Aquaculture for all

Health of Chesapeake Bay in Local Hands

Health Biosecurity Water quality +7 more

CHESAPEAKE BAY, US - There is no doubt that if they are released, either in aquaculture settings or baywide, the nonnative Asian oysters will establish themselves in the Chesapeake Bay, says Leopoldo Miranda, Director of Chesapeake Bay Field Office, US Fish and Wildlife Service

In a letter to The Washington Post, Mr Miranda says that there have already been 10 documented incidents of nonnative oysters from the pilot studies and other research projects getting out of the confines of the projects.

Secondly, he says, "the Chesapeake Bay ad hoc technical committee reported that the "sterile" Asian oysters proposed for introduction will not remain sterile and will reproduce in the bay.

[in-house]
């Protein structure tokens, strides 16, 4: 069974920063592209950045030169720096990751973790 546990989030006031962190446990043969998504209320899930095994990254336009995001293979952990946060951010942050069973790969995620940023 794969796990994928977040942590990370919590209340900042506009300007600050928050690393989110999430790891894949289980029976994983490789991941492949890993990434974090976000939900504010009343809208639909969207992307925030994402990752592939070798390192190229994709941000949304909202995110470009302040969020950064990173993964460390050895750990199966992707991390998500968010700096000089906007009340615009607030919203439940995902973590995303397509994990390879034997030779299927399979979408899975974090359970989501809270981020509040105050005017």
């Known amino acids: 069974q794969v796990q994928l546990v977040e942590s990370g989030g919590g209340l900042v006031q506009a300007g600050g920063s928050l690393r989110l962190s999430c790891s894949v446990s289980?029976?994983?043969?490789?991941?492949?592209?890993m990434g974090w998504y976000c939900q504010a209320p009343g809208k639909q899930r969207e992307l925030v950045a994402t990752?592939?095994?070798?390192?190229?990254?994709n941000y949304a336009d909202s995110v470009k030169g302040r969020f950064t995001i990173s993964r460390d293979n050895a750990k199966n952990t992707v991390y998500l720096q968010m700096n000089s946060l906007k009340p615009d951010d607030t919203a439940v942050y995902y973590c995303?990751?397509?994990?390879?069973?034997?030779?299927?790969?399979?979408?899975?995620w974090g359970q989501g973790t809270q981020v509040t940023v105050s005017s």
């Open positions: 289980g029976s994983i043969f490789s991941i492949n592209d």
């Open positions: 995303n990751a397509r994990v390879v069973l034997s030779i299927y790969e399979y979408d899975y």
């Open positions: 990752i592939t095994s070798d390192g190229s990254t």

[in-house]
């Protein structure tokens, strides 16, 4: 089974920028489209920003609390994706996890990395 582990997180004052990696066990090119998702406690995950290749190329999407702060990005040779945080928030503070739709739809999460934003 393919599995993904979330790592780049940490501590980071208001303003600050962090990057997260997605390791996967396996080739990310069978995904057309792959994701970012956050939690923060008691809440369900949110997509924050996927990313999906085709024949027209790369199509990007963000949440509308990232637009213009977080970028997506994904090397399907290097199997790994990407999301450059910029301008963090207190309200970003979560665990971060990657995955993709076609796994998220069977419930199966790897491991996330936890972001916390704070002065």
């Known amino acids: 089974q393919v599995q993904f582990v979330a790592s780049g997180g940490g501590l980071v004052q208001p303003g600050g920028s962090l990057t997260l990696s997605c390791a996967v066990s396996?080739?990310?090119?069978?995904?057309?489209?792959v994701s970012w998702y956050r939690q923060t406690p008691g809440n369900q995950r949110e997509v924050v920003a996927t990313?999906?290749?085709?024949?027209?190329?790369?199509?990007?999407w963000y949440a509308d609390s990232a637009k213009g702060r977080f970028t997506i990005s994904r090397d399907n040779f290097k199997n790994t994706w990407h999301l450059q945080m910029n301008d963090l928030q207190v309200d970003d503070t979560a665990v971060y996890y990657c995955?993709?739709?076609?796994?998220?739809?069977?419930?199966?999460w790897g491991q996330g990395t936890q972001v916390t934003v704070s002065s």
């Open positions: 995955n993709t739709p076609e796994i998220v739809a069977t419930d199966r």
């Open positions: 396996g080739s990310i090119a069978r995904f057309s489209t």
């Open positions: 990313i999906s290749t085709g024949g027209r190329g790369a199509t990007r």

"In addition, scientists from the Interior Department, the Environmental Protection Agency, the National Oceanic and Atmospheric Administration, the Chesapeake Bay Program's scientific technical advisory committee and the Virginia Institute of Marine Science, as well as independent research scientists who reviewed the draft environmental impact statement, recommended native oysters as the alternative."

These entities also agree that native oyster restoration will succeed given the right implementation plans, enough time and careful management.

"The health of the largest estuary in the United States is in our hands. Let's protect it."

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